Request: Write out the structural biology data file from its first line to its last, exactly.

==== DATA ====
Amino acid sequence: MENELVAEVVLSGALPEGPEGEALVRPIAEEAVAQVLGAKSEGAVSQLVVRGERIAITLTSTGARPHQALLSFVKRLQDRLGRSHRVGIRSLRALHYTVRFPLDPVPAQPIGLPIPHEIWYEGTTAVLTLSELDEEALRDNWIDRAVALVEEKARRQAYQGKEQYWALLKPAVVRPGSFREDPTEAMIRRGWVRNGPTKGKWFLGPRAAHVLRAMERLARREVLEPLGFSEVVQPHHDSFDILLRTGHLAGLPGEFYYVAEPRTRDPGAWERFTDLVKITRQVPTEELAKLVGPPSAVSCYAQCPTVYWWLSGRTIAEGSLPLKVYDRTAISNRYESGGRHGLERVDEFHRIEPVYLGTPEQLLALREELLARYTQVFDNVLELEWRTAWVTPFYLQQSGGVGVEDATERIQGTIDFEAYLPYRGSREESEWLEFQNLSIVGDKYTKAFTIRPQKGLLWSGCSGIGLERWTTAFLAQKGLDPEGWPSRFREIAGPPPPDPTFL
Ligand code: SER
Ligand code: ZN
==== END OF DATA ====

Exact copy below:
Amino acid sequence: MENELVAEVVLSGALPEGPEGEALVRPIAEEAVAQVLGAKSEGAVSQLVVRGERIAITLTSTGARPHQALLSFVKRLQDRLGRSHRVGIRSLRALHYTVRFPLDPVPAQPIGLPIPHEIWYEGTTAVLTLSELDEEALRDNWIDRAVALVEEKARRQAYQGKEQYWALLKPAVVRPGSFREDPTEAMIRRGWVRNGPTKGKWFLGPRAAHVLRAMERLARREVLEPLGFSEVVQPHHDSFDILLRTGHLAGLPGEFYYVAEPRTRDPGAWERFTDLVKITRQVPTEELAKLVGPPSAVSCYAQCPTVYWWLSGRTIAEGSLPLKVYDRTAISNRYESGGRHGLERVDEFHRIEPVYLGTPEQLLALREELLARYTQVFDNVLELEWRTAWVTPFYLQQSGGVGVEDATERIQGTIDFEAYLPYRGSREESEWLEFQNLSIVGDKYTKAFTIRPQKGLLWSGCSGIGLERWTTAFLAQKGLDPEGWPSRFREIAGPPPPDPTFL
Ligand code: SER
Ligand code: ZN